Poor eye sight in old age drives cognitive decline due to a lack of brain stimulation, study finds
- Reduced vision and mental sharpness can cause a loss of independence
- Sufferers may be less able to participate in activities, lowering their stimulation
- Cognitive decline and vision may both be caused by inflammation
- Impairment without dementia affects 5.4 million adults in their 70s in the US
Poor eye sight in old age drives cognitive decline in older people, new research suggests.
Both vision and mental sharpness decrease with age, which can cause a loss of independence and a reduced quality of life in sufferers, a US study found today.
Researchers believe poor vision reduces people’s abilities to participate in activities, leading to reduced brain stimulation.
Another theory is cognitive decline and vision loss may both be caused by inflammation or deterioration of the central nervous system.
Cognitive impairment without dementia affects around 5.4 million adults in their 70s in the US, while more than 2.9 million suffer reduced vision.
Poor eye sight in old age drives cognitive decline in older people (stock)
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COULD AN EYE PATCH IMPROVE SIGHT LOSS?
A pioneering eye patch improves vision in people with severe age-related sight loss, research suggested in April 2018.
When implanted at the back of the eye of people suffering from dry macular degeneration, all experienced improved or stabilised vision, a study found.
One woman, aged 69, was even able to read 24 letters on an eye chart after having the device fitted, compared to just seven before, the research adds.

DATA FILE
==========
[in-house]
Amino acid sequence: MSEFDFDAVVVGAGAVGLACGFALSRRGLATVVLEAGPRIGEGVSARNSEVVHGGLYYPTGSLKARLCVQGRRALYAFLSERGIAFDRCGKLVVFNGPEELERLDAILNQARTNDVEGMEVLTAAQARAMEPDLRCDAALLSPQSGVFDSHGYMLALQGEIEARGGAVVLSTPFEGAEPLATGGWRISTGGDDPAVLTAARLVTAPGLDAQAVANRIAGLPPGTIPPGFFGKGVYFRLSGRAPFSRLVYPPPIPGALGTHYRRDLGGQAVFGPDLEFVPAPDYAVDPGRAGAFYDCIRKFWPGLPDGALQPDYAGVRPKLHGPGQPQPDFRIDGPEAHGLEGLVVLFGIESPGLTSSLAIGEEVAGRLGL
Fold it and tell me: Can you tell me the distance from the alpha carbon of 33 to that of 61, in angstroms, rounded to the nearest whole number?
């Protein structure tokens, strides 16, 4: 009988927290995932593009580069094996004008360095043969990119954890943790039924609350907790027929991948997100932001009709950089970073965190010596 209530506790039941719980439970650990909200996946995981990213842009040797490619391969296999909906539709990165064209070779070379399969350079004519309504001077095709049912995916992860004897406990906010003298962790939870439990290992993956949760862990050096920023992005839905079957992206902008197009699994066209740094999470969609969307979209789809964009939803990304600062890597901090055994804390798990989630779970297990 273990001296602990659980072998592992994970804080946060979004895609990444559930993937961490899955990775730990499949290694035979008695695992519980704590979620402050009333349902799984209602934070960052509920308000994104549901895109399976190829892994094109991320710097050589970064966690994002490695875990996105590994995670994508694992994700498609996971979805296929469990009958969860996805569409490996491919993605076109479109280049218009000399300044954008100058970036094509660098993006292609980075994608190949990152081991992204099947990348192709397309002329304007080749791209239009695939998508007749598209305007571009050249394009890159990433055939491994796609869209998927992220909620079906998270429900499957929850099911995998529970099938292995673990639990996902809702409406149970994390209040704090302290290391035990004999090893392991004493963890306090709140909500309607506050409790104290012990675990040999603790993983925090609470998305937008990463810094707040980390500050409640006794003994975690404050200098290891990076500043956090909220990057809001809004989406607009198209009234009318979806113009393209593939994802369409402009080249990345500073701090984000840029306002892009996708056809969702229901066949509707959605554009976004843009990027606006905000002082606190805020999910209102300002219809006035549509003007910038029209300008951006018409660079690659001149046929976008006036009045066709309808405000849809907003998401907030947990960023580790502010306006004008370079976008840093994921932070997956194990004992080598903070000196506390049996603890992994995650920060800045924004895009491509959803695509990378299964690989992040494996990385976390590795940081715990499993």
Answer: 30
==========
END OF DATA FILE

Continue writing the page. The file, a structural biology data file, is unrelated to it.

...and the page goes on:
The device involves placing a wafer-thin patch coated with healthy embryonic retinal cells on the tissue near the optic nerve, which sends impulses to the brain where images are formed.
Dry macular degeneration affects around 1.75 million people in the US alone and causes reduced central vision due to thinning of the part of the retina responsible for people’s direct line of sight.
The researchers, from the University of Southern California, placed the patch, measuring 6x4mm, on the retinas of four people with advanced dry macular degeneration.
Each of the participants only had one eye tested, while the other served as a control.
One year on, the patch stabilised the disease in all of the participants’ treated eyes, while those that had not received the patch continued to deteriorate.
Two of the participants were better able to maintain their vision on a single object a year after the implant was fitted.
The researchers believe their findings suggest the patch improves the vision of people with severe age-related dry macular degeneration, at least in the short term.
They plan to conduct a larger trial that tests the device on patients at an earlier stage of the disease.
How the research was carried out
The researchers, from the University of Miami, analysed 2,520 people aged between 65 and 84 from Salisbury, Maryland.
The participants were followed for eight years. More than half of them died during the study’s duration.
Their eye sight and mental state was assessed four times, on average every two years, during the investigation.
Mental state was determined by their ability to orientate themselves to a time and place, their attention span, language understanding and ability to recall three words.
The findings were published in the journal JAMA Ophthalmology.
Poor people are 50% more likely to develop dementia
This comes after research released last May suggested poor people are more likely to develop dementia.
The 20 per cent most deprived adults in England are 50 per cent more likely to suffer from severe memory loss than the wealthiest 20 per cent, a study found.
Study author Professor Andrew Steptoe, from University College London, said: ‘Our study confirms that the risk of dementia is reduced among well-off older people compared with those who have fewer economic resources.
‘Many factors could be involved. Differences in healthy lifestyle and medical risk factors are relevant.
‘It may also be that better off people have greater social and cultural opportunities that allow them to remain actively engaged with the world.’
Study author Dr Dorina Cadar added: ‘Dementia is a progressive neurodegenerative condition with devastating consequences to individuals, their families and governments around the world.
‘Our efforts are unified in identifying the risk factors associated with a delay in the onset of dementia or a slower progression.’
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